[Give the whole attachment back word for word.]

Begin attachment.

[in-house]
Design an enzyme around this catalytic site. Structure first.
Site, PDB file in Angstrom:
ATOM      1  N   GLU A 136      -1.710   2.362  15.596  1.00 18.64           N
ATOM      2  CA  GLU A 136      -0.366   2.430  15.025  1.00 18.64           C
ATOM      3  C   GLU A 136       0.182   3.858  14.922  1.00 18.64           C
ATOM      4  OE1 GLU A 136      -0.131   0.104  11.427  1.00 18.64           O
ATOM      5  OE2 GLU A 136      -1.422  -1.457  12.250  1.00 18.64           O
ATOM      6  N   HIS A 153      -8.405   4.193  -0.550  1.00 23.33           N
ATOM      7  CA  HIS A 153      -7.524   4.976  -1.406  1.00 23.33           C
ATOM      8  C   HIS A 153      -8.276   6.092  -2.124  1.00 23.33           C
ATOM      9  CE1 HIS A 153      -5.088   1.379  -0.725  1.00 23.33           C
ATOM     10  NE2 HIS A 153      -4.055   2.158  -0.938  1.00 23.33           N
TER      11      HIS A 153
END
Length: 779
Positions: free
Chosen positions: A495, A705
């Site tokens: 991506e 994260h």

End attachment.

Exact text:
[in-house]
Design an enzyme around this catalytic site. Structure first.
Site, PDB file in Angstrom:
ATOM      1  N   GLU A 136      -1.710   2.362  15.596  1.00 18.64           N
ATOM      2  CA  GLU A 136      -0.366   2.430  15.025  1.00 18.64           C
ATOM      3  C   GLU A 136       0.182   3.858  14.922  1.00 18.64           C
ATOM      4  OE1 GLU A 136      -0.131   0.104  11.427  1.00 18.64           O
ATOM      5  OE2 GLU A 136      -1.422  -1.457  12.250  1.00 18.64           O
ATOM      6  N   HIS A 153      -8.405   4.193  -0.550  1.00 23.33           N
ATOM      7  CA  HIS A 153      -7.524   4.976  -1.406  1.00 23.33           C
ATOM      8  C   HIS A 153      -8.276   6.092  -2.124  1.00 23.33           C
ATOM      9  CE1 HIS A 153      -5.088   1.379  -0.725  1.00 23.33           C
ATOM     10  NE2 HIS A 153      -4.055   2.158  -0.938  1.00 23.33           N
TER      11      HIS A 153
END
Length: 779
Positions: free
Chosen positions: A495, A705
């Site tokens: 991506e 994260h």